The Fargo School Board voted 7-2 on Tuesday to keep its mask mandate in place. Of course, “science” is the publicly-stated reason for the vote, but this was actually a show of force, of spiking the football. Upon further review the call for excessive gloating in the endzone stands, the penalty will be enforced at the next election…hopefully.
Yes, we all know that the effort to recall several members of the Fargo School Board had issues and was, shall we say, less than successful. The gloating and ridicule from the usual quarters is expected, but it would be nice if there was some acknowledgement of parent concerns, some level of empathy, of understanding. Government education is not the best fit for every child, for every family, but it can better serve the students, if school leaders chose to do so.
This is not just about masks or vaccine mandates – the underlying concerns for many parents go much deeper and has been growing long before we ever heard about COVID-19 (20, 21, 22). It boils down to accountability. But one side feels that the School Board, administration and teachers, the “experts” have full authority to decide what is taught and how. The other side believes that parents have the authority to determine what is taught to their children and how government education should be delivered.
The pandemic did not create this divide, it simply exposed it, fully. And the clamoring by many to be led by the expert class just got stronger. Expertism has replaced personal freedom and critical thinking. And here we are.
Parents, if you want a say in the education of your children, stay involved. Be prepared for the name-calling and shaming, turn your passion into productive actions. Make your voices heard. Do not expect acknowledgement or acceptance of your beliefs. Understanding the beliefs of those who want to determine what is taught and how. The believers in expertism are emboldened and feel the wind in their sails and they are showing their cards. They are saying the quiet part out loud.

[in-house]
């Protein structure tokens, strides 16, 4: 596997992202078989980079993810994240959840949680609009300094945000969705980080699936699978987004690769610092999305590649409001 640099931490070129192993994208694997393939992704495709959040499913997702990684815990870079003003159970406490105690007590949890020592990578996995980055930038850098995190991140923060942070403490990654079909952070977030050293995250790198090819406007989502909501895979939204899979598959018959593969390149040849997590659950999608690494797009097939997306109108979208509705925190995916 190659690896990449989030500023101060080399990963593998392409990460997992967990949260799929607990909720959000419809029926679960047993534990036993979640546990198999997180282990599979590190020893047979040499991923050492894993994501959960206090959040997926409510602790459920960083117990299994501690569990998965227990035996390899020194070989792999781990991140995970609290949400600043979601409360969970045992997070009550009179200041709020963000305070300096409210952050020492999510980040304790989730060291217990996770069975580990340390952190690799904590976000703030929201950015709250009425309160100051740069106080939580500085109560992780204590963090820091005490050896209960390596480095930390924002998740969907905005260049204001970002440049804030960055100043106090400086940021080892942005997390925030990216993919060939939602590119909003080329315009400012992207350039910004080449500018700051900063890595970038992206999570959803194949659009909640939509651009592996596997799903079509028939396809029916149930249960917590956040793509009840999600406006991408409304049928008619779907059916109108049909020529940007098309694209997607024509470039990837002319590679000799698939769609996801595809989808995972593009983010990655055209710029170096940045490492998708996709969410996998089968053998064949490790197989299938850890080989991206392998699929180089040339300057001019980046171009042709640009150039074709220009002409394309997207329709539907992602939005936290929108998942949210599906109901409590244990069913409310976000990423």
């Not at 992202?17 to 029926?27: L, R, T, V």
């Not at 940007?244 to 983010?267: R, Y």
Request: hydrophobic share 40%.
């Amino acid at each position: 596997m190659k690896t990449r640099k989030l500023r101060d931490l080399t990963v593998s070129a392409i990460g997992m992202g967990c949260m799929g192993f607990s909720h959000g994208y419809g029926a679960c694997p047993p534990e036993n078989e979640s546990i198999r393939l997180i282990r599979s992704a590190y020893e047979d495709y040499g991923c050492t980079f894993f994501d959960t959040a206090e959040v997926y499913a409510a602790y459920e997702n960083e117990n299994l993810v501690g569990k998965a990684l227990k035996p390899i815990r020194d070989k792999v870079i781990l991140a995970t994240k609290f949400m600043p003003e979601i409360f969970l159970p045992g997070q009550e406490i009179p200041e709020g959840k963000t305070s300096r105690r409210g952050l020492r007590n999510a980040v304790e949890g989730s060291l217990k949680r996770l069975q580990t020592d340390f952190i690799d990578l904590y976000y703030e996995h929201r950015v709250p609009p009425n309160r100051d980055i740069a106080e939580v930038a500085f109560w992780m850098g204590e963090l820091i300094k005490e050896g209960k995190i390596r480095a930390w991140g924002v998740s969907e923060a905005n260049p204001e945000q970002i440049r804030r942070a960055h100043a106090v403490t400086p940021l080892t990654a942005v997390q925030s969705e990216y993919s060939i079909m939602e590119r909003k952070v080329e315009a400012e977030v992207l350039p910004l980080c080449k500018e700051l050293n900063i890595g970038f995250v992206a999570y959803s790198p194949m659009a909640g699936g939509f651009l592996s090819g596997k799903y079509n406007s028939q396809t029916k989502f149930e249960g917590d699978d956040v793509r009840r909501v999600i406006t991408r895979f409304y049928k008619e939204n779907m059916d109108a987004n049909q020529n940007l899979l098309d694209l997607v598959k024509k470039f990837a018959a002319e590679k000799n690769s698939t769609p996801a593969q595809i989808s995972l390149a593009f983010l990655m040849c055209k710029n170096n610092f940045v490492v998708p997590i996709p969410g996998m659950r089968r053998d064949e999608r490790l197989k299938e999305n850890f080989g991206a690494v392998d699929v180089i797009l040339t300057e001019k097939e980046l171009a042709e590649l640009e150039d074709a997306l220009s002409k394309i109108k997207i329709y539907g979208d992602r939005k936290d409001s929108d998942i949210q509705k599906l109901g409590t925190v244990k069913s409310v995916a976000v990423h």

The final debate in the Virginia governor race was held last Tuesday and Terry McAuliffe, former governor and Democrat candidate for the office, said, “I don’t think parents should be telling schools what they should teach.” Yes, Terry, that was your out-loud voice.
But it is not just Terry, many people in North Dakota agree with him and find that statement as no big deal. The good news is that those who believe in parent’s rights and the accountability of elected officials need to fully understand the world view of those who believe otherwise.
True believers in expertism go ahead and gloat, ridicule, shame or ignore the parents speaking out. Spike the football, rub their noses in it. But there are serious issues that need to be addressed, not ignored. Those issues are not going away. Passion can turn to productive action.
Government schools are not the answer for every student – more options are coming.
Grande represented the 41st District in the N.D. Legislature from 1996 to 2014. She is CEO of the Roughrider Policy Center, an "innovation over regulation" think tank. She is a wife, mom, grandma, lover of life and Jesus. Opinions are solely her own.
This column does not necessarily reflect the opinion of The Forum's editorial board nor Forum ownership.